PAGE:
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Sketches of My Sweetheart the Drunk

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Jeff Buckley, Sketches of My Sweetheart the Drunk

Sketches of My Sweetheart the Drunk

type:
Music
Current Status:
In Season
performer:
Jeff Buckley
genre:
Rock

We gave it an A-

Jeff Buckley?s second album announces itself with the switched-on surge of a guitar amp, followed by power chords and the tender yearning of his voice. As the first new music we?ve heard from Buckley since his ?94 debut “Grace,” it?s a thrilling moment, rife with exhilaration and new beginnings.

It?s also impossibly sad. When he leapt into Memphis? Wolf River for an impromptu swim in May 1997, Buckley was about to resume recording his second album, “My Sweetheart the Drunk.” His drowning changed everything. As its title implies, “Sketches (for My Sweetheart the Drunk)” collects what?s left behind from that work in progress — tapes from sessions (with producer Tom Verlaine) that neither he nor his label found satisfying, as well as home demos for songs he was never able to record.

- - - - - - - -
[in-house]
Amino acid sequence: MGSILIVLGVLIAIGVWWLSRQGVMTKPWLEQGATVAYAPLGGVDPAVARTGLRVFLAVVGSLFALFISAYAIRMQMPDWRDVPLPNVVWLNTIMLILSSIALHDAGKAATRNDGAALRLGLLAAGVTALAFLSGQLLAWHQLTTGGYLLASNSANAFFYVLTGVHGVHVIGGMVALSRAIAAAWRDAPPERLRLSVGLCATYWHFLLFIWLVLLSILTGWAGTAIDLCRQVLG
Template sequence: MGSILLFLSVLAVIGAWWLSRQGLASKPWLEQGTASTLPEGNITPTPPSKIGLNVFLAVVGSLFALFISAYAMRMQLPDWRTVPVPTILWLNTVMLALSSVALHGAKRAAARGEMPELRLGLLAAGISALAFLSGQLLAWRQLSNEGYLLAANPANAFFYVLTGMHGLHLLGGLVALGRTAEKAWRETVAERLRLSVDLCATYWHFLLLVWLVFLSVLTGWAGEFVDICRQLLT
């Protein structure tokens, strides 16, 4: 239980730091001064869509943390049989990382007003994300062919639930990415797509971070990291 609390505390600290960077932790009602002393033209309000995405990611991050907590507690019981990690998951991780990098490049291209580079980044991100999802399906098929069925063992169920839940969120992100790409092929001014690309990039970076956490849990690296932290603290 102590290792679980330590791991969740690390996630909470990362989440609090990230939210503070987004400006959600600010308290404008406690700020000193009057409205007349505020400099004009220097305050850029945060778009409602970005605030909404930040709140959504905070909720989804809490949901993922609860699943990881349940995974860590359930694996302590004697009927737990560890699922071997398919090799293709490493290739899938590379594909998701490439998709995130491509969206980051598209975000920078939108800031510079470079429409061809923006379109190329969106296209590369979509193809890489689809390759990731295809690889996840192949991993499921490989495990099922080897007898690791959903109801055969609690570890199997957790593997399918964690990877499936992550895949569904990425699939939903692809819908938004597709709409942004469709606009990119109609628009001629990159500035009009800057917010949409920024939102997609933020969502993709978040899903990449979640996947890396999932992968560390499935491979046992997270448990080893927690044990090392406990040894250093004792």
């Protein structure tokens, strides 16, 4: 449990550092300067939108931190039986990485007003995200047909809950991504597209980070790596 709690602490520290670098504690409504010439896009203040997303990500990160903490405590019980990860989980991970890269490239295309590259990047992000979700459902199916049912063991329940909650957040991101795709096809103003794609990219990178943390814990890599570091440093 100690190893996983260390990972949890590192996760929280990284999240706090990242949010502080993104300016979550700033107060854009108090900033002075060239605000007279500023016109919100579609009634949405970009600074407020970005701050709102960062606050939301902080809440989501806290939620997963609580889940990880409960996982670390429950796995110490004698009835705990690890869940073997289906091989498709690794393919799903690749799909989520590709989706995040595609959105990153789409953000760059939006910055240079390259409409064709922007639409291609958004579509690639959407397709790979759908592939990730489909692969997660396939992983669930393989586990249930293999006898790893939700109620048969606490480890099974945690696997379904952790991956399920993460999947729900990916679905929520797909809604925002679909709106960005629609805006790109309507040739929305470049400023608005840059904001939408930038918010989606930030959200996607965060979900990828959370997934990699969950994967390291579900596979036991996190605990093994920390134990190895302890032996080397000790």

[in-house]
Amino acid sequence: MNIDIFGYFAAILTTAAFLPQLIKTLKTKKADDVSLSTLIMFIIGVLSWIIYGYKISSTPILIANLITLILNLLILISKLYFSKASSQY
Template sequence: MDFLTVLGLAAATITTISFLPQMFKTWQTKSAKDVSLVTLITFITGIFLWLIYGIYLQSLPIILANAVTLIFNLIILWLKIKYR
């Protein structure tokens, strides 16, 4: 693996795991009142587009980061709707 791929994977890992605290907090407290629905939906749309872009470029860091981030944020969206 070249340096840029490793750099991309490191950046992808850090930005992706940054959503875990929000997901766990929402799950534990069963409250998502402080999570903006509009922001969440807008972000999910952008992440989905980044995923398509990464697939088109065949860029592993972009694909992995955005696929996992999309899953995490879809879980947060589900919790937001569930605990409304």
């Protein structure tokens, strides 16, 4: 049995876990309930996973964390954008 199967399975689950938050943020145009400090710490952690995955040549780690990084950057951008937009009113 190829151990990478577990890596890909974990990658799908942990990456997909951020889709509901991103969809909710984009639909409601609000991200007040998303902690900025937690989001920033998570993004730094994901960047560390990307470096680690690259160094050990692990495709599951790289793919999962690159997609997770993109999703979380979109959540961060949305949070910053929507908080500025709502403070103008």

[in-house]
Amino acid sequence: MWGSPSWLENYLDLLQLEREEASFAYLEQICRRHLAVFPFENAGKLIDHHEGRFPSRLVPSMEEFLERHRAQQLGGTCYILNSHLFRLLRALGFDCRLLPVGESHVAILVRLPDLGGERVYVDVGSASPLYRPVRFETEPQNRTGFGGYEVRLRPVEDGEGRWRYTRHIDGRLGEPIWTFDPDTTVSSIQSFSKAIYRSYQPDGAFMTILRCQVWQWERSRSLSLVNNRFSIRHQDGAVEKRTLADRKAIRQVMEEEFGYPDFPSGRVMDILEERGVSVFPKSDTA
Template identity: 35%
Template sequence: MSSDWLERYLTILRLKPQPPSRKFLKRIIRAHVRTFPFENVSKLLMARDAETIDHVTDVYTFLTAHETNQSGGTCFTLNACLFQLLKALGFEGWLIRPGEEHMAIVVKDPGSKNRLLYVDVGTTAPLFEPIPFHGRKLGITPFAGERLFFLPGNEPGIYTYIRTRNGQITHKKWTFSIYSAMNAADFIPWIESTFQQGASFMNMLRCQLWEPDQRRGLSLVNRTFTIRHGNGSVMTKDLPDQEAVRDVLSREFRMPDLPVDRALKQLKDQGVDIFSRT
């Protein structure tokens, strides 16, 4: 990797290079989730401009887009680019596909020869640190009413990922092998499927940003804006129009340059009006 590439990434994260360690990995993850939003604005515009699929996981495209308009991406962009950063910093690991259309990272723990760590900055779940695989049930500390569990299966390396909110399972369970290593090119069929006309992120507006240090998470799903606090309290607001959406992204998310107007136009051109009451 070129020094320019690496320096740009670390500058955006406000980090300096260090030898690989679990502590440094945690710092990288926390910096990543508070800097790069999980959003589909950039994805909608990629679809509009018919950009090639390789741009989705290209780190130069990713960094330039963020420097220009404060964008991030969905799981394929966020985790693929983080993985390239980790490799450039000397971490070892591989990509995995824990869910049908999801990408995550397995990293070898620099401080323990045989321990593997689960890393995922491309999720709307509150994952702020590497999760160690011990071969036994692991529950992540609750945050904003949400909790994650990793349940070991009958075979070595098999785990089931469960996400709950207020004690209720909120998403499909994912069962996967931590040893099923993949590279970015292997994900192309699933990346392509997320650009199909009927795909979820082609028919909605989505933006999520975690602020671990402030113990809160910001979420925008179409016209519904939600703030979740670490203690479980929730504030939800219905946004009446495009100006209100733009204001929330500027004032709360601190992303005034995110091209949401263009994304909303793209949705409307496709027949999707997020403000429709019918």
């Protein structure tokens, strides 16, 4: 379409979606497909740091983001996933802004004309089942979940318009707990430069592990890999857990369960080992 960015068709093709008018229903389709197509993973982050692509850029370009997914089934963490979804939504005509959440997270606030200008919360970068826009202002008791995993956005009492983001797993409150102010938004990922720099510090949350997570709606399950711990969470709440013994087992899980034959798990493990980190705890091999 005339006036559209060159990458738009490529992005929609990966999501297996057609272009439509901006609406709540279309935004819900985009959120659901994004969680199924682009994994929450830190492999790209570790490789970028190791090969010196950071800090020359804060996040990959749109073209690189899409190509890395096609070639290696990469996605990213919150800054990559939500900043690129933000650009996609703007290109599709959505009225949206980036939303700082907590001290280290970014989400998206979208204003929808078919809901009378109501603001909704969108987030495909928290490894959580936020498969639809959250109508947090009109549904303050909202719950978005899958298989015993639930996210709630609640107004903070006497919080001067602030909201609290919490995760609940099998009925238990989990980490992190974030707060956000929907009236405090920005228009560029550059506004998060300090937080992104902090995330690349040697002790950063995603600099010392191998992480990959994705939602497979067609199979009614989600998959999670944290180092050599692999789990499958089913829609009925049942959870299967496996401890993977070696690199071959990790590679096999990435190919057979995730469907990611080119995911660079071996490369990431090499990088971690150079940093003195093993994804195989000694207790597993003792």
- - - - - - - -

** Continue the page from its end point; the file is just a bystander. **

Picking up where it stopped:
The sessions with Verlaine constitute the first of “Sketches”‘ two discs. While it?s easy to hear that the tracks needed more work, there?s no denying the monolithic power of “The Sky Is a Landfill” or the tender-hearted warmth of “Morning Theft.” Sung in a buttery falsetto, “Everybody Here Wants You” drips with Memphis soul and unrequited longing. The second disc is a motley brew of remixes, studio sessions, and low-fi solo tapes. Whatever torment Buckley was enduring is evident in the operatic angst of “Murder Suicide Meteor Slave” and the anguished wail of “I Know We Could Be So Happy Baby (If We Wanted to Be).” What unites this assemblage is Buckley?s naked passion: Then as now, his music was a welcome antidote to Lollapalooza-era cheekiness.

With its jarring references to ghosts and rivers, “Sketches” can be spooky. Given his drowning, the line “stay with me under these waves tonight” — from a song called “Nightmares by the Sea,” no less — is chilling. Fortunately, it’s offset by the adventurousness of Buckley’s music, which is as much a part of his legacy as this incomplete, yet affecting, farewell.

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